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Conference: “Red With Fire”: The Burning of the Shenandoah Valley
August 13, 2016$20
In 1864, a new kind of warfare came to the Valley. That fall, Gen. Philip Sheridan’s Union army embarked on “The Burning,” a systematic two-week campaign to neutralize the Shenandoah Valley’s role as the “Breadbasket of the Confederacy.” Thousands of mills, barns, and farm buildings were put to the torch, stores of grain and livestock were destroyed or confiscated, and livelihoods were turned to ash.
But the destruction in the Valley wasn’t limited to those two weeks, or to the areas customarily identified with “The Burning.” It began much earlier, under Union Gen. David Hunter, and ranged throughout the Valley, north to Clarke County and east to Page County. And its effects were widespread, from civilians left destitute by “fire and sword” to soldiers ensnarled in the vicious cycle of reprisals. Those who witnessed the scale of the destruction were stunned. Confederate guerilla Newtown Burkholder described how “The whole vale is red with fire mile on mile, and enveloped in smoke high overhead, twisting and writhing, dissolving. Is the world being set on fire?”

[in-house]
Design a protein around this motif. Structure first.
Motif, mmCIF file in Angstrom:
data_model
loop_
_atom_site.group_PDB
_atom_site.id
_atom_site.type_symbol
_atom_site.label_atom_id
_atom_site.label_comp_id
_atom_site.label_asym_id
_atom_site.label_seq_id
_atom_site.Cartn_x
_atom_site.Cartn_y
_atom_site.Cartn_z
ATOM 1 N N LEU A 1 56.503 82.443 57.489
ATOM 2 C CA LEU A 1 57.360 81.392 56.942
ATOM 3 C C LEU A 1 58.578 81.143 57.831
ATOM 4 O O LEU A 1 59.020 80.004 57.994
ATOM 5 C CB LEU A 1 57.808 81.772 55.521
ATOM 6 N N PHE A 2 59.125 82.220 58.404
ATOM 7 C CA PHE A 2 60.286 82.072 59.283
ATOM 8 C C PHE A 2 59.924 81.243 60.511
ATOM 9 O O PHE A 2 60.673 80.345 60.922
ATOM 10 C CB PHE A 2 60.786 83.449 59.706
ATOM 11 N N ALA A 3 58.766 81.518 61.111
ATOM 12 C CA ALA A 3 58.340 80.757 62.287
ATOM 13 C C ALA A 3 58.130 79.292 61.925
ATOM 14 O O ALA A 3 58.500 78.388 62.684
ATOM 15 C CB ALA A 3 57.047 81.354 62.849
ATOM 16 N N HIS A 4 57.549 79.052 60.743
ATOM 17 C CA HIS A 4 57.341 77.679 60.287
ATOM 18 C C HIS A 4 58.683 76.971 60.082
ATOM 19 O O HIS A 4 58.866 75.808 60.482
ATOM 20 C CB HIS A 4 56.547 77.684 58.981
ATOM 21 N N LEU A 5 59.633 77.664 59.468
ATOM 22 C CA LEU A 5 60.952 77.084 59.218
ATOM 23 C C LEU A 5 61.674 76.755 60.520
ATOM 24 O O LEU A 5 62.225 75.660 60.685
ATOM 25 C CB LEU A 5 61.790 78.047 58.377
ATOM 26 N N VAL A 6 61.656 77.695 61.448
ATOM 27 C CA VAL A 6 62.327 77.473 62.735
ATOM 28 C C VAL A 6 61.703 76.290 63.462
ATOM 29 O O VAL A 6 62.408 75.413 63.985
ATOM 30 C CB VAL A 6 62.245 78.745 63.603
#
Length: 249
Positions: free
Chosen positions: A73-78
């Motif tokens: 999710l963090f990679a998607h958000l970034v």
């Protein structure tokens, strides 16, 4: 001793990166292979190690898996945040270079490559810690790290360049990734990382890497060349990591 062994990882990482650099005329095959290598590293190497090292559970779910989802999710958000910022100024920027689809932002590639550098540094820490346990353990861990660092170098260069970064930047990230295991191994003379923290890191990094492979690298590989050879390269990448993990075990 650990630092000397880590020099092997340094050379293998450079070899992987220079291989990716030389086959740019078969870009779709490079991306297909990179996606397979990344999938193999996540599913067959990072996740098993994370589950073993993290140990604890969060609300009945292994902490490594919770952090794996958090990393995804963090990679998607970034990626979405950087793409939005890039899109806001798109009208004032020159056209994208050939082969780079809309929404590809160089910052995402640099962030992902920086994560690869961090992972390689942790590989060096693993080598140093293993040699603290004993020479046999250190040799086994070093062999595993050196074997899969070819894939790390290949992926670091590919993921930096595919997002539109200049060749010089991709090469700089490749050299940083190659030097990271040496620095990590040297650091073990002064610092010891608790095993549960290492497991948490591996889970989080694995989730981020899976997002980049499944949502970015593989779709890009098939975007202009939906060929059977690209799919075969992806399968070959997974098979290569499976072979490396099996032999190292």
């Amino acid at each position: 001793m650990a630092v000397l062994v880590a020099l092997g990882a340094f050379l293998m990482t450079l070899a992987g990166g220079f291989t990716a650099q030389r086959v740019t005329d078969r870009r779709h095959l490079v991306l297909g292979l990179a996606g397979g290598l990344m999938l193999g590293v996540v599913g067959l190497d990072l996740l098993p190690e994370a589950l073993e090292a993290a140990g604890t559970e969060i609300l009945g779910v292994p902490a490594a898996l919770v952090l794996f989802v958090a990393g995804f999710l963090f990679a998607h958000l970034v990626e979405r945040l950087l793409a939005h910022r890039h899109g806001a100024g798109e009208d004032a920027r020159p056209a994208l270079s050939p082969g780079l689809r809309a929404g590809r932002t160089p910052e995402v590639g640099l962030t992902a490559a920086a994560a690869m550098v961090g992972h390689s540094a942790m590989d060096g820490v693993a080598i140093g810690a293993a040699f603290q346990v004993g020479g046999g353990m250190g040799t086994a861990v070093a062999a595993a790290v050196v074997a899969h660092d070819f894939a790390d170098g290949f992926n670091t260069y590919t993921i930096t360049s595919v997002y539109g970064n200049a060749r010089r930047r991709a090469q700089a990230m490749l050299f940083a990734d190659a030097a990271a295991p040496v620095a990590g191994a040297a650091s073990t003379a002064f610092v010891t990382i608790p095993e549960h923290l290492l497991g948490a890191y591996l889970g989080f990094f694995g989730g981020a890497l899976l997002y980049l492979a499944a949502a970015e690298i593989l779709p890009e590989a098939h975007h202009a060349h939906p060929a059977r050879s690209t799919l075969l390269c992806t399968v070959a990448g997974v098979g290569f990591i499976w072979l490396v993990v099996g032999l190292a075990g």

On Saturday, August 13, 2016, the Shenandoah Valley Battlefields Foundation will look back at those events with a conference entitled “Red With Fire: The Burning of the Shenandoah Valley.” The conference will feature eminent Civil War historians Eric A. Campbell (“[A] scene of desolation and ruin”: The Burning of the Shenandoah Valley), Col. Keith E. Gibson (Hunter in the Valley), Scott C. Patchan (“Fire and Sword”: Destruction and Reprisal in the Northern Valley), Eric J. Wittenberg (Union and Confederate Cavalry and the Battle of Tom’s Brook), and Edward L. Ayers (“Making Sense of the Burning”: The Civilian Experience).